Another Little Piece of My Heart: My Life of Rock and Revolution in the '60s

 
9781408858127: Another Little Piece of My Heart: My Life of Rock and Revolution in the '60s

In 1961, Richard Goldstein saw Bob Dylan perform for the first time at Carnegie Hall. Rock music was in its infancy, and revolution was in the air. Criticism of the genre didn't yet exist but, as it began to change music and politics for ever, the serious discussion of rock became a thriving institution. Aged just twenty-two in 1966, and the first rock critic in New York, Goldstein became a pivotal figure in the industry. Forging close relationships with huge names - Jim Morrison, Brian Wilson and Janis Joplin to name just three - his life became a whirlwind of politics, sex and rock and roll. Another Little Piece of My Heart is an unparalleled document of rock and revolution.

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About the Author:

Richard Goldstein is one of the founders of rock criticism, beginning with his 'Pope Eye' column in the Village Voice in 1966. His reporting led to a long career as a commentator on culture, politics and sexuality. His work has appeared in many publications, including the New York Times, Harpers, the Guardian and the Nation, and he served as arts editor and then executive editor of the the Village Voice. His gay activism earned him a GLAAD award as columnist of the year. His books include the bestselling The Poetry of Rock, Reporting the Counterculture and Homocons. He is currently an adjunct professor at Hunter College of the City University of New York.

Review:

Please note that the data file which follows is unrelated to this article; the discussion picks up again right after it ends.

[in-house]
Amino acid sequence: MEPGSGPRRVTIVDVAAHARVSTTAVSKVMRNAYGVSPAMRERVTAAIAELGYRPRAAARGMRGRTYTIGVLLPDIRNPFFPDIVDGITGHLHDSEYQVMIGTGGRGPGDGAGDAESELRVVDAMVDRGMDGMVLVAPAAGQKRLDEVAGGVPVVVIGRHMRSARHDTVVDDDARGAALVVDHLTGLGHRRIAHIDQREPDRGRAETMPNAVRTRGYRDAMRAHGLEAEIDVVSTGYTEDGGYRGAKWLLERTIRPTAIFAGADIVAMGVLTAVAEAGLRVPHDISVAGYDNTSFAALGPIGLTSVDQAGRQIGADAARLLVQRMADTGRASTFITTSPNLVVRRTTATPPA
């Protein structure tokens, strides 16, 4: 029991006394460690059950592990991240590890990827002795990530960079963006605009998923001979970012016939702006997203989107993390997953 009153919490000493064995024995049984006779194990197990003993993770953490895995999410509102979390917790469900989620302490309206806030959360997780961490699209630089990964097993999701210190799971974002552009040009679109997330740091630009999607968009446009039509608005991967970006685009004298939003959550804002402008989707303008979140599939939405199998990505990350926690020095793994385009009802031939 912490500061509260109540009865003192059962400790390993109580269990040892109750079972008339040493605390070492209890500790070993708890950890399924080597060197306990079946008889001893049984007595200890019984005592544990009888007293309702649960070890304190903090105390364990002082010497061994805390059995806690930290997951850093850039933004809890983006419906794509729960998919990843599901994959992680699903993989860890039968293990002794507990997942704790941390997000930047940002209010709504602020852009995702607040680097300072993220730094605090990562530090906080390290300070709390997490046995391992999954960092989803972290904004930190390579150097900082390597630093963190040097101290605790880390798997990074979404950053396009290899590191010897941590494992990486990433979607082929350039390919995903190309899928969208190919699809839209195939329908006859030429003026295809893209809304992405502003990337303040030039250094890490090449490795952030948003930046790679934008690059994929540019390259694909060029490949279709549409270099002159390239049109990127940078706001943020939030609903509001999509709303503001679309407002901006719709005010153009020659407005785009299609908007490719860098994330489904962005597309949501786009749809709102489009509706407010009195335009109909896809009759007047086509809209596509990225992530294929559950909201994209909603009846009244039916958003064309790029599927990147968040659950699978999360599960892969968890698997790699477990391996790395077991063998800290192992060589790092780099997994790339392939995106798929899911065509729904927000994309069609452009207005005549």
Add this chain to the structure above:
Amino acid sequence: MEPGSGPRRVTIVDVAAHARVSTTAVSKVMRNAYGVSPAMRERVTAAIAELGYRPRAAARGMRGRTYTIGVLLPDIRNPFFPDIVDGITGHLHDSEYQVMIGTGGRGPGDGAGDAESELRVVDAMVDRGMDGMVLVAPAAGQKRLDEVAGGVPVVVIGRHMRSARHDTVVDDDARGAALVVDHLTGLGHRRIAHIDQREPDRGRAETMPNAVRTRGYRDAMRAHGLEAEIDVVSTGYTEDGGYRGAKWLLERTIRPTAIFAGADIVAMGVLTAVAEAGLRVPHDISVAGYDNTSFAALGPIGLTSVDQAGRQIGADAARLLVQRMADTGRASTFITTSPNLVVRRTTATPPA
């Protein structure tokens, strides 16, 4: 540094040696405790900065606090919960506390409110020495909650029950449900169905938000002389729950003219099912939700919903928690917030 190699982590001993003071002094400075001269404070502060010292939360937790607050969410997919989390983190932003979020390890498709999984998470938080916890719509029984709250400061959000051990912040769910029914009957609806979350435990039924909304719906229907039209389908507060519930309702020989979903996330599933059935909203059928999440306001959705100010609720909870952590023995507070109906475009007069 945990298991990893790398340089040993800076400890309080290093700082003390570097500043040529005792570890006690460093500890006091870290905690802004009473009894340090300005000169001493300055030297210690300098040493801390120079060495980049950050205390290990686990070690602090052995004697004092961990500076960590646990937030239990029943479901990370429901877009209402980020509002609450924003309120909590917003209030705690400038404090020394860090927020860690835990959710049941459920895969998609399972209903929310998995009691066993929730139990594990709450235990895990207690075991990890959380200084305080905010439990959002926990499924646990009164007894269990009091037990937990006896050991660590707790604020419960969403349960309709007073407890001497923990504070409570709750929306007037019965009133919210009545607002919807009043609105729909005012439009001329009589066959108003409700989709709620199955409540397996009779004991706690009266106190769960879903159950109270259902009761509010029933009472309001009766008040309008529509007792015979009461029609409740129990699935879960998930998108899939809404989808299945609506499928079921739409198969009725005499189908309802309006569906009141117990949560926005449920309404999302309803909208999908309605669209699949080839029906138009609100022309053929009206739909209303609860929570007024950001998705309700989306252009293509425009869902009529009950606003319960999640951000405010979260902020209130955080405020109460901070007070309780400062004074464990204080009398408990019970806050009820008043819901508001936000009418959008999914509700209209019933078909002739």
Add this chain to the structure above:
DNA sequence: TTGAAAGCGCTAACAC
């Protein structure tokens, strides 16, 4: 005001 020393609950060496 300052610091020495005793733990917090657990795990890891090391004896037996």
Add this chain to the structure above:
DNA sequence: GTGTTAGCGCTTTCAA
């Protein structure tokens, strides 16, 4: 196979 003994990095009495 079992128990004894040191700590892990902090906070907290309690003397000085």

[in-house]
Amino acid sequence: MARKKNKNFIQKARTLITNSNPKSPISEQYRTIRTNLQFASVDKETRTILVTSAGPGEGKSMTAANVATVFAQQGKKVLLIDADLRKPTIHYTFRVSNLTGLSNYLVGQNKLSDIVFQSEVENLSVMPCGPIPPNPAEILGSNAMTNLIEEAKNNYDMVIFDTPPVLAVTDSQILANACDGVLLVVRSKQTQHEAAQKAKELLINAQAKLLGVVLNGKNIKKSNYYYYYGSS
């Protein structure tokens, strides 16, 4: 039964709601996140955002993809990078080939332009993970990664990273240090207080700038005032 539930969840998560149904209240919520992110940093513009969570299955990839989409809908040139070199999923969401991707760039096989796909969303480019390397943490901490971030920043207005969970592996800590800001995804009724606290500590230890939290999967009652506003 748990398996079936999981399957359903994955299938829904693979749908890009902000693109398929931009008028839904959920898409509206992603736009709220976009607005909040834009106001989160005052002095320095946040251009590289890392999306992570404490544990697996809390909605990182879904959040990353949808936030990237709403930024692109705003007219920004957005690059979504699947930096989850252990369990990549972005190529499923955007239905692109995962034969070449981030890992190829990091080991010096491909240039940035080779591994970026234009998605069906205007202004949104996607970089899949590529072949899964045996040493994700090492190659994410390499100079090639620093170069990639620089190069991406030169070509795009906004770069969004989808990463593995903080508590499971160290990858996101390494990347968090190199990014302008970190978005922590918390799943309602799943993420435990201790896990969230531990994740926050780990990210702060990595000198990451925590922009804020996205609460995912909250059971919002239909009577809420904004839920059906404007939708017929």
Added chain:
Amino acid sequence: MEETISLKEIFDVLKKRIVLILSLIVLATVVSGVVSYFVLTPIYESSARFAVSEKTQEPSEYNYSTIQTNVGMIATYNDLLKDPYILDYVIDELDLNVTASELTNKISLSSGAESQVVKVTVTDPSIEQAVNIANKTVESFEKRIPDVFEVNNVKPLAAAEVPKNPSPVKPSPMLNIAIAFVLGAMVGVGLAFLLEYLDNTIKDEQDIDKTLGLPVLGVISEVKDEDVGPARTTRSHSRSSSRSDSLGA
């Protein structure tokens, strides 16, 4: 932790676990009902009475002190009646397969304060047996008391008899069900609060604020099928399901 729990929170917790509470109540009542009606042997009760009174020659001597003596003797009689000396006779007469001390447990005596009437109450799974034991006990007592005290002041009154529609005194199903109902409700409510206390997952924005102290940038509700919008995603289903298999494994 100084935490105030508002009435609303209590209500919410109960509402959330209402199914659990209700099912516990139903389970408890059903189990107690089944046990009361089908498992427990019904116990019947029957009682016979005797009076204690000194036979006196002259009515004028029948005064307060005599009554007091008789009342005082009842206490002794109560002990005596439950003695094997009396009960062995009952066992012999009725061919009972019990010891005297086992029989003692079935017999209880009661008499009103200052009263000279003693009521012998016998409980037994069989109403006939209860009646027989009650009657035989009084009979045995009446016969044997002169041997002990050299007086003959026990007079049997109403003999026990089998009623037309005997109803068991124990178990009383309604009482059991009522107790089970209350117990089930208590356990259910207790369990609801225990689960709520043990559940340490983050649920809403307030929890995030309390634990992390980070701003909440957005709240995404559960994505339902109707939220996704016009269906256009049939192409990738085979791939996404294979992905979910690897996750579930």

As columnist for the Village Voice newspaper in New York, Richard Goldstein was in the vanguard of writing seriously about rock music at a time when most regarded it as disposable ephemera. His memoir (a curate's egg) is pithy and touching on the foibles of Sixties idealism and counterculture **** -- Mick Brown Sunday Telegraph Writing about pop in the '60s and '70s was a brilliant new art form, and Richard Goldstein was one of the original artists. His Poetry of Rock was one of the books that made me want to be a rock critic Paul Morley Richard Goldstein was the first rock critic worth reading. This book is a wonderful description of how it felt to change lives, including his own, in the '60s Richard Williams A deeply felt and compelling portrait of an age that indelibly marked everyone who took part in it. Indispensable for understanding the culture of the '60s and the music that was at its heart Kirkus This memoir provides unique views of some of the time's most colourful figures, including Janis Joplin, Jim Morrison, Susan Sontag, and Andy Warhol. But most of all, it shows us how one electric consciousness - Goldstein's own - emerged and evolved as America itself became new Ann Powers A pithy memoir of the Sixties counterculture by a rock critic who saw beyond the hype ... A fond eulogy to misplaced idealism and expectations **** Daily Telegraph His advantage as fan, street freak, political rad and literate academic distinguished him from trade and teen rag rats. Given this singularity, he invented his gig - and his description of the process is fascinating ... Interactions with John Lennon, Mick Jagger, Jim Morrison, Brian Wilson and - especially - his friendship with Janis Joplin bring the reader intimately into the time -- Michael Simmons Mojo The book charts his transformation from a tubby, sexually-confused Jewish kid from the Bronx to a razor-tongued, silver-booted, reviewer-about-town, working for The Village Voice in New York and rubbing shoulders with Andy Warhol, John Lennon and Jimi Hendrix Esquire The memoir pick through Goldstein's memories of the drug-enhanced hope and sourness of Sixties America and is particularly effective as his job put him in the centre of the youth movement. Unsurprisingly, it's very well written ***** Western Mail Tinged with an autumnal sense of loss and the self-examination of a 70-year-old man looking back on his life ... As well as being very funny, Another Little Piece of My Heart is an affecting meditation on the author's "budding queerness" and acceptance, finally, that he was gay -- Ian Thomson Independent

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